We elaborate about Siberian Husky dog breed with Siberian Husky temperament, training, appearance, weight, life spam and much more information about this breed.
Siberian Husky Dog Breed Group:
Siberian Husky Size
20 – 23 inches tall at the shoulder
Siberian Husky Weight
35 – 60 pounds
Siberian Husky Average lifespan
11 – 13 years.
Siberian Husky Appearance
Siberian Huskies are strong, compact, with high erect ears and a brush tail that usually have a white tip. They have a variety of eye colors that range from: copper and chocolate brown to ice blue, it is also common to find specimens with bicolor eyes (one eye brown and the other blue.
Siberian Husky Temperament
Native to Northeast Asia, the Siberian Husky was imported into Alaska during the Nome Gold Rush and spread from there to the United States and Canada, initially as a sled dog. It quickly became a family pet and show dog for its natural beauty. The breed is known for its good temperament and its suitability in a family environment. They are gentle in nature, with a friendly and alert facial expression. They are dogs oriented to be with people so they are not guardians by nature. They are loving and need company so they should not be left alone for long periods of time or they can be very destructive.
They do enjoy other dogs and may enjoy more if there is more than one Husky, but they do not get along well with cats or other small animals due to their natural hunting instincts.
Although they do not bark much they can howl. Digging is also natural in these dogs, their ancestors dug holes in the snow as nests and this instinct is still very strong.
Siberian Husky Temperament Summery
Siberian Husky Training
It is a very intelligent animal, it has a mind of its own and they are willing to obey but always on their own terms. In teaching this breed, consistency and patience play an important role.
It is not the right breed for those who do not like hair, since it begins to shed its coat very quickly. They also shed a little throughout the year, which can be reduced with weekly brushing. You should only bathe when necessary.
They are a very active breed with high stamina and require a considerable amount of exercise, so they tend to get bored easily if they don’t get enough of them, therefore they are not recommended for households with a small yard.
You should not exercise too much in hot weather as you could easily suffocate.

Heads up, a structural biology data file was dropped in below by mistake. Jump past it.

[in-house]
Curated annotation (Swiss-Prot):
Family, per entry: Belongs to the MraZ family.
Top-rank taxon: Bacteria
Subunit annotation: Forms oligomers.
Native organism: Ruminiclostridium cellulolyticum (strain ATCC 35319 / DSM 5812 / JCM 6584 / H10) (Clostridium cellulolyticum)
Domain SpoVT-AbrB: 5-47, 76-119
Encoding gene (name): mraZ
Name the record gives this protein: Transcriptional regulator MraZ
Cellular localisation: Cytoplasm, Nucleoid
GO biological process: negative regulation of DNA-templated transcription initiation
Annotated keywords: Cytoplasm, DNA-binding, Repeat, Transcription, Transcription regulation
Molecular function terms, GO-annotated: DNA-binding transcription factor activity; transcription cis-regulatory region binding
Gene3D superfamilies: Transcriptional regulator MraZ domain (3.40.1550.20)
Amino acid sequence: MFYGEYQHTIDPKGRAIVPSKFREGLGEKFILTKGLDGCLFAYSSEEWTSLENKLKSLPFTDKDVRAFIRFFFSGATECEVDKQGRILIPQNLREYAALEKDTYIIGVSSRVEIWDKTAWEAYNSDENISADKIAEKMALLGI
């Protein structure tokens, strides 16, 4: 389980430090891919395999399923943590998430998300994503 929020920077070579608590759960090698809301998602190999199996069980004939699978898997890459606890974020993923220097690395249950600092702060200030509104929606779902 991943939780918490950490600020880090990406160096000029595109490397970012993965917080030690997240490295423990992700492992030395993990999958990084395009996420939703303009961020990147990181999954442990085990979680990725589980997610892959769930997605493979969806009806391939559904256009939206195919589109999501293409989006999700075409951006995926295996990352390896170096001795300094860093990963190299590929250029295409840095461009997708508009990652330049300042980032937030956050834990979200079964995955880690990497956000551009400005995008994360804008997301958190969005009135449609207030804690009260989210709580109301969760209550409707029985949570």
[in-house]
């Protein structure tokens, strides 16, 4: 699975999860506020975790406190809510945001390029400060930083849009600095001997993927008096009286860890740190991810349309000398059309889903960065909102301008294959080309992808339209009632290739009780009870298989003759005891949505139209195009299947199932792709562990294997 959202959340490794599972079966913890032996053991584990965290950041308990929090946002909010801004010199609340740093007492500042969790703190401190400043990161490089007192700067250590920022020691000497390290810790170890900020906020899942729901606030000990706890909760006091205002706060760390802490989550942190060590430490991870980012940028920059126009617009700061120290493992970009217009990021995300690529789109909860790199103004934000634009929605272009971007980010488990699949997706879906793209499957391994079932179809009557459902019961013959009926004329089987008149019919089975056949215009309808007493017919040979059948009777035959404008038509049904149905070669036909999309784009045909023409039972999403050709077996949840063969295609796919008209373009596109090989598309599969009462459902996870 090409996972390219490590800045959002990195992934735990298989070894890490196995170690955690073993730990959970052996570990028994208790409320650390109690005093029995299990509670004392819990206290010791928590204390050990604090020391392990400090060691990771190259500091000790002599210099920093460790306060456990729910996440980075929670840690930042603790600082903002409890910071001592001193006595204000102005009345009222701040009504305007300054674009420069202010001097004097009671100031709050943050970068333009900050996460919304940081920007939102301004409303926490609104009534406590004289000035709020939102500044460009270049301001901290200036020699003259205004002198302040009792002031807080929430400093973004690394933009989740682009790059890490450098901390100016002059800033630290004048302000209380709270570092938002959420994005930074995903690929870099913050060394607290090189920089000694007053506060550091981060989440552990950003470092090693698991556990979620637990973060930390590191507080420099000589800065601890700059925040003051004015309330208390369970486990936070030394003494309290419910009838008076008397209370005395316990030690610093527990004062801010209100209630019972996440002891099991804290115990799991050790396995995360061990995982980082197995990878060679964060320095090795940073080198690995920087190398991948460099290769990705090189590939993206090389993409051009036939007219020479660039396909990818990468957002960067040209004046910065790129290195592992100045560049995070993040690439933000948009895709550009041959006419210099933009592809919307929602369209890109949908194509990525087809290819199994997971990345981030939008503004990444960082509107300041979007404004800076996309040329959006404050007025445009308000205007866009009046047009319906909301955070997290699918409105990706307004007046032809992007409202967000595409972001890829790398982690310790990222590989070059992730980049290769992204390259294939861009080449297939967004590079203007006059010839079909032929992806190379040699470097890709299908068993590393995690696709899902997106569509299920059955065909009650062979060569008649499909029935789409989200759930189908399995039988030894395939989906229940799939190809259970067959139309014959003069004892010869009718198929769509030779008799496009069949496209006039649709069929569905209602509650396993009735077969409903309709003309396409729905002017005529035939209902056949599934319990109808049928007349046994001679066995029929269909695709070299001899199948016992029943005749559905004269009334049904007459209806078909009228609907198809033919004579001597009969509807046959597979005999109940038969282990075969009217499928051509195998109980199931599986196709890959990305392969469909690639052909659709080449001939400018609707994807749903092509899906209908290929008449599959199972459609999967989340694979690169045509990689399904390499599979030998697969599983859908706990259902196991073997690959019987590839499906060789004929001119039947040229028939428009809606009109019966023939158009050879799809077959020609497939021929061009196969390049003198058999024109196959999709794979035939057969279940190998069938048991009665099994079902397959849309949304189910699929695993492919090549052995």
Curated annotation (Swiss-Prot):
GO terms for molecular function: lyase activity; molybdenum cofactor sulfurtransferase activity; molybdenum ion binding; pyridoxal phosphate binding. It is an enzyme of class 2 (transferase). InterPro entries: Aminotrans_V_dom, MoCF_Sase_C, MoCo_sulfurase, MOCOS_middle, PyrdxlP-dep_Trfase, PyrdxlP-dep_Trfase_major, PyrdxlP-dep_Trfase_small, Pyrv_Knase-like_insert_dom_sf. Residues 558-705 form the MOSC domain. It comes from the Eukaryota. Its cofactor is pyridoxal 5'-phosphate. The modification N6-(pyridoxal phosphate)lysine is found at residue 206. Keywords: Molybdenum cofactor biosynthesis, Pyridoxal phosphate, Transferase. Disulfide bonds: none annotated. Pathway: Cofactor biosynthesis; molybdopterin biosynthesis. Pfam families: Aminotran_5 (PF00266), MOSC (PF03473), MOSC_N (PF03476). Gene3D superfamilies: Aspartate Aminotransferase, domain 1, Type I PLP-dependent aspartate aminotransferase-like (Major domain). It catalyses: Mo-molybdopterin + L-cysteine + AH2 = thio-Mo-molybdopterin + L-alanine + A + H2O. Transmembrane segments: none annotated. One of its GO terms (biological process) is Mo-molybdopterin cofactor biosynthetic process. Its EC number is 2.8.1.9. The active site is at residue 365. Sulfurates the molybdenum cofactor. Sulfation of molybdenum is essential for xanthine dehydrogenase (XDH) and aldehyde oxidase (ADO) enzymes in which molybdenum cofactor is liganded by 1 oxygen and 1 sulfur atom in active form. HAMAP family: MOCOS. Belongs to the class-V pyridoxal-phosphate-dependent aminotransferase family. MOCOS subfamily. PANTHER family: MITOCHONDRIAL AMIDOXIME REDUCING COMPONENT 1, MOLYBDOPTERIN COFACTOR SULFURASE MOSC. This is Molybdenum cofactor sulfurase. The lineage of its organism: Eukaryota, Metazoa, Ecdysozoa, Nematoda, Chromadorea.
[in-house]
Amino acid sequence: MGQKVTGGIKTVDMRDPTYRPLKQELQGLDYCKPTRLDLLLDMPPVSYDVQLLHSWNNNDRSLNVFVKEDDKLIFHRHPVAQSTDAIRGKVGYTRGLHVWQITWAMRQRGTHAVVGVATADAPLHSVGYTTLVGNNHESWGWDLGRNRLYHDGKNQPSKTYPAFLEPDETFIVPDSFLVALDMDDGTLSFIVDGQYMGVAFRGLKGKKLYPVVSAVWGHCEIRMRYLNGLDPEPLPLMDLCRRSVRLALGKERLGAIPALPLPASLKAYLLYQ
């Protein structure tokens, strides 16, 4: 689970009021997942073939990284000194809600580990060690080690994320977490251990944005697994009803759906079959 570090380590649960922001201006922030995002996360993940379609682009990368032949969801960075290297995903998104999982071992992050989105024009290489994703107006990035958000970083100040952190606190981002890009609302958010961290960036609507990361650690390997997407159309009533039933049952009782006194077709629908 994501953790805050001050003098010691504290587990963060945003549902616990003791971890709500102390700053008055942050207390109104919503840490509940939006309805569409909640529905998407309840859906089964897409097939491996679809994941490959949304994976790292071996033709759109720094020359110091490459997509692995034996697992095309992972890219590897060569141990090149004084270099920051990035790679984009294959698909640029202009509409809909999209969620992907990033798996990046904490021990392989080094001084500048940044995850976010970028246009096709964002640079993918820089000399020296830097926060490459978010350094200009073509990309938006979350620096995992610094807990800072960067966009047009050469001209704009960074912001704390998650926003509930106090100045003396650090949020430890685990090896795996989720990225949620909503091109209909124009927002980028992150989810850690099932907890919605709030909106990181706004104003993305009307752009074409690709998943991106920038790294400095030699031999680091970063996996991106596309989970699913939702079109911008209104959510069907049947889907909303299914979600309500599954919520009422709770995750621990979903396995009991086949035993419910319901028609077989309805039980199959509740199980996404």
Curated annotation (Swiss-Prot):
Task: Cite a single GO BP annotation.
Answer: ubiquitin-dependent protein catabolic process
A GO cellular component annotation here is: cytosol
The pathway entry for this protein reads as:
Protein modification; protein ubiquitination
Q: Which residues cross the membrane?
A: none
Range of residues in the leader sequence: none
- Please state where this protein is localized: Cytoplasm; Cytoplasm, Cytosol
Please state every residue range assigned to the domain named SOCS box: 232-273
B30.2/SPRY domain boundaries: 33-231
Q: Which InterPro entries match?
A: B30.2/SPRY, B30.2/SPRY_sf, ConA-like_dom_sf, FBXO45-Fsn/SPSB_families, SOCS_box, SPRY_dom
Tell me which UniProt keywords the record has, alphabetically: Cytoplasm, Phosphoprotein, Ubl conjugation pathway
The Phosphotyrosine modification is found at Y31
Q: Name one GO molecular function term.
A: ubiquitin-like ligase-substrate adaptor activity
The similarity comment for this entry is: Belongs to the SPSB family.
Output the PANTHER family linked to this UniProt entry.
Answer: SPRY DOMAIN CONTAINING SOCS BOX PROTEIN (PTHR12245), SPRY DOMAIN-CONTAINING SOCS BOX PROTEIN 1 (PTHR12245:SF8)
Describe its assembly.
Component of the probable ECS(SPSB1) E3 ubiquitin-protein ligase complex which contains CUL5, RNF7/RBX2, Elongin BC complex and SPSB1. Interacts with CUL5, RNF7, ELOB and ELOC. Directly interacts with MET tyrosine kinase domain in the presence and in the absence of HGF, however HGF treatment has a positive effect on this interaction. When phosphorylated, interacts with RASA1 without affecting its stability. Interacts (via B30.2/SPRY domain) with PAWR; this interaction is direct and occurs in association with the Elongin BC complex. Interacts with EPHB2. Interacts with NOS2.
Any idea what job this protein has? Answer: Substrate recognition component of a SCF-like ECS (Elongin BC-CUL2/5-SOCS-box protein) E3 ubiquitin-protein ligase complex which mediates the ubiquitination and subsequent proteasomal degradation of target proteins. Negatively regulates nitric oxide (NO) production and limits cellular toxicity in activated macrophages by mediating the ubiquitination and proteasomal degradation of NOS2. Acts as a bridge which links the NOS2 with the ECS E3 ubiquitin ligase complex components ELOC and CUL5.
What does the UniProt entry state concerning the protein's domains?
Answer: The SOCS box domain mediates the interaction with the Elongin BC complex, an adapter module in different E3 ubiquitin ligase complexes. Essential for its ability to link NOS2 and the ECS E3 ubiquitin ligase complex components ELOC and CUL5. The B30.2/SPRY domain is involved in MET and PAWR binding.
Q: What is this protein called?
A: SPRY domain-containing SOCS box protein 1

Hip malformation or dysplasia
results in a poor fit between the head of the femur bone and the acetabulum of the hip. This condition can be alleviated by surgery, although with consequences for dogs and owners since dogs with dysplasia usually produce puppies with the same condition. Buyers should ask if both the sire and dam of the puppy they are interested in have been recently tested and are free of hip dysplasia. Don’t take yes for an answer without seeing a certificate and ask for a copy to take to your vet.
Progressive retinal atrophy (PRA)
It is a group of diseases that involve all the gradual deterioration of the retina. It is diagnosed by retinoscopic examination using an electroretinogram (ERG). Early in the disease, affected dogs begin to suffer from night blindness and lack the ability to see in low light and later day vision also fails. As their vision deteriorates, affected dogs can adjust to their disability very well, as long as their environment remains constant. Some breeds are affected early in life, while in other breeds, PRA develops much later.
Causes a loss of the normal transparency of the lens of the eye. This problem can occur in one or both eyes and can lead to blindness.
The Siberian Husky originated from the Chukchis people of the Tundra regions of Northeast Siberia, Russia, during the 19th century. The fine temperament of the breed was possibly admired by the Chuckchis and hence the treatment they received by welcoming them into their homes. Dogs were used by the natives to pull sledges and gather herds of reindeer. In the late 19th century, the Chukchi dog was discovered by Alaskan traders who imported them to the Northeast Territory and changed their name. This importation was important for the survival of the breed since it became extinct in Siberia due to the Russian Communist Regime.
They became popular for their speed and endurance in sled racing astonishing and inspiring dog runners in Canada and the North American states. The Siberian Husky gained worldwide recognition when it was dogs of this breed that brought the necessary medicines for the sick during the diphtheria epidemic to Nome in Alaska.